In addition to calcium, magnesium is among the minerals for pancreatitis and supporting the organ’s health that gets mentioned.
Much of that mindset is based on a 20 year old study out of Imperial College in London. They reported 10 out of 13 patients with chronic pancreatitis had a magnesium deficiency. (14)
This a chicken and egg question.
Did the magnesium deficiency cause or contribute to the pancreatitis? Or did the pancreatitis cause the deficiency, due to decreased absorption of nutrients from food?
Earlier in the American Journal of Clinical Nutrition, it was reported that there was no impairment of the pancreas function in animal models of magnesium deficiency.
That throws cold water on this support remedy.
However they did mention that alcoholics may benefit, because they tend to magnesium deficient regardless, and that could exasperate their acute or chronic pancreatitis. (15)
The most recent and relevant study was out of Germany in 2013 and they found that it reduced the severity of pancreatitis in animals. (16)
The verdict is still out on this mineral and how it may help the pancreas. Since it’s used in over 300 biological processes (enzymes) throughout the body, and that an estimated 48% of Americans get too little magnesium in their diet, it’s probably not a bad supplement to take regardless. (17)
In a German study of a 137 patients, it was found that vitamin B12 deficiency is rare in chronic pancreatitis. (18)
Vitamins B3 and B5 have been suggested as being important for the digestion of fats and carbs. It’s true that these, as well as all eight of the B vitamins, are involved in the conversion processes of food to fuel (glucose).
There is no evidence that excess amounts are good or bad for the pancreas. Nor is there reason to suspect that deficiency of B vitamins is prevalent in people with pancreatic problems.
Given that the B vitamins are water soluble, they’re hard to overdose on (unlike vitamin A and E). Considering this and the fact that they are essential for health in a number of ways, taking a good vitamin B complex might not be a bad idea regardless.
In a Chinese clinical study, 84 acute pancreatitis patients were divided into two treatment groups:
- 10g (10,000 mg) daily dosage of intravenous vitamin C
- 1g (1,000 mg) of C given the same way
Those getting the high dose were found to have a healthier response based on several biological parameters.
“The potential mechanisms include promotion of antioxidizing ability of acute pancreatitis patients, blocking of lipid peroxidation in the plasma and improvement of cellular immune function.”
That’s a direct quote and while intriguing, it doesn’t necessarily tell us how that would compare to other potent antioxidants. Perhaps they too may offer similar pancreas healing benefits? (19)
There have been a number of observational studies based on collected data which suggest that above average vitamin C intake may reduce the risk of pancreatic cancer. As far as it reducing the risk of pancreatitis, increasing pancreas performance, or cleansing, there’s not data to suggest those things. (20)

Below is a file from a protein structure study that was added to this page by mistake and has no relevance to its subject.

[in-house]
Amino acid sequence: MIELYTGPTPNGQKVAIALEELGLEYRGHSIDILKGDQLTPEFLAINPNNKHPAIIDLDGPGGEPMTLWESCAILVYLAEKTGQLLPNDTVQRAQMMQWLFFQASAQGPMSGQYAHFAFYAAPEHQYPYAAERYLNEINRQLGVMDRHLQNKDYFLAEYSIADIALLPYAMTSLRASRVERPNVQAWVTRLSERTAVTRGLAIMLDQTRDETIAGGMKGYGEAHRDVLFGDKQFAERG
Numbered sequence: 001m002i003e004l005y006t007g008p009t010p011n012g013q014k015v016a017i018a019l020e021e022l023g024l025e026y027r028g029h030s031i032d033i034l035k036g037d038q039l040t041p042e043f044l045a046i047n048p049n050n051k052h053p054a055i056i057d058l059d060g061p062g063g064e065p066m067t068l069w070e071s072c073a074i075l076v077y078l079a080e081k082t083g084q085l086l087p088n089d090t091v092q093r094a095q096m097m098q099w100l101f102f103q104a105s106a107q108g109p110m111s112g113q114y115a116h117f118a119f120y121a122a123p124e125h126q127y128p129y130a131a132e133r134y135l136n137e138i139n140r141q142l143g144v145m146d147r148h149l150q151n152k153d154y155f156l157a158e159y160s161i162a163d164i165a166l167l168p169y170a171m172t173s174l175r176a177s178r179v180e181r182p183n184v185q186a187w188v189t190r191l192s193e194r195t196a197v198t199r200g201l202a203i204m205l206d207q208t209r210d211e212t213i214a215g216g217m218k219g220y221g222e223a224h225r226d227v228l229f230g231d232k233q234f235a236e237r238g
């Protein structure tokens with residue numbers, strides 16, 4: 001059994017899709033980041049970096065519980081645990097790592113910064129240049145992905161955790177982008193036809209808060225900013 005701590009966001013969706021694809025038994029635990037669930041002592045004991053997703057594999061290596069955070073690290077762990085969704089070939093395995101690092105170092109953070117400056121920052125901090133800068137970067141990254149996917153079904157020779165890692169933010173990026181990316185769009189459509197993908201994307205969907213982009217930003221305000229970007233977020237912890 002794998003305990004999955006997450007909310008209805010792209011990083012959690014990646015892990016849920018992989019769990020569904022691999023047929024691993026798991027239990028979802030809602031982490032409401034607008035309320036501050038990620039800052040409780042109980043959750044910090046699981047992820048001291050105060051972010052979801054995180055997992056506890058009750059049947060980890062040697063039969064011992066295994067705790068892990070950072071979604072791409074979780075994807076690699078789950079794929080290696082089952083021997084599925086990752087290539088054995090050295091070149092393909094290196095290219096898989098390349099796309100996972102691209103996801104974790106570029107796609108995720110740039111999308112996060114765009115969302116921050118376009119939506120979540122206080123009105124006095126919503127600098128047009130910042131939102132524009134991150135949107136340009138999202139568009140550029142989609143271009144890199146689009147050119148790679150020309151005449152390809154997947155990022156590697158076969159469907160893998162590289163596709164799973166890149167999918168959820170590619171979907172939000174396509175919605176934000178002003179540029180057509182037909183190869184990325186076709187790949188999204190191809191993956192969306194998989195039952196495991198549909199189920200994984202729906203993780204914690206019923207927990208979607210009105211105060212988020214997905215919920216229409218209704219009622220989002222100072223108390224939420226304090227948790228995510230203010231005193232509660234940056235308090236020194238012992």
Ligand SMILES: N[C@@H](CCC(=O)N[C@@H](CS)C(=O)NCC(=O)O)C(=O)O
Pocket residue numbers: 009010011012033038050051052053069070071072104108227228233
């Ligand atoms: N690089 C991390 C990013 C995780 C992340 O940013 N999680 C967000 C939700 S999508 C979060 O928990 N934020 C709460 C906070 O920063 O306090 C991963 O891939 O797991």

This is a very broad category of supplements. In theory, any antioxidant that works in vivo (in the body) will decrease inflammation, by the reduction of oxidative stress.
High amounts of oxidative stress occur during acute and chronic pancreatitis. Therefore it’s one – but certainly not the only – contributor of the inflammation that accompanies this disease. (21)
When it comes to choosing a natural anti-inflammatory for the pancreas, there’s not much data as to which work the best specifically for this organ. For general anti-inflammatory benefits, one of the most researched would be curcumin supplements.
Which are the best?
Based on research, the best supplements for pancreas health contain pancreatin, which consists of the digestive enzymes amylase, lipase, and protease. Ideally, this should be in a measured form rather than raw beef or pork glandular tissue.
There is only preliminary evidence to support chromium, magnesium, B vitamins, and ascorbic acid (vitamin C). While not individually studied, a broad spectrum of antioxidants should support anti-inflammatory activity throughout the body, including the pancreas.
Please note that dietary supplements should not be used to treat, cure, or prevent any disease, including that of pancreas. If you have abnormal function of this organ, you should consult your doctor before using any supplement.
As a supplement to support general health, by helping with the digestion of proteins, fats, and carbs, on Amazon a good choice is the enteric coated KAL Ultra Pancreatin.
There are also pancreatic enzyme supplements for dogs and cats. Check out the porcine sourced enzyme powder by Pan-tenex.
Finding where to buy supplements for pancreas health in-store will be an uphill battle. They are very niche products. For vitamin and health stores that do carry them, you may only have one or two brands to choose from and who knows how long those enzymes have been on that shelf.
These statements have not been evaluated by the Food and Drug Administration. This product is not intended to diagnose, treat, cure, or prevent any disease.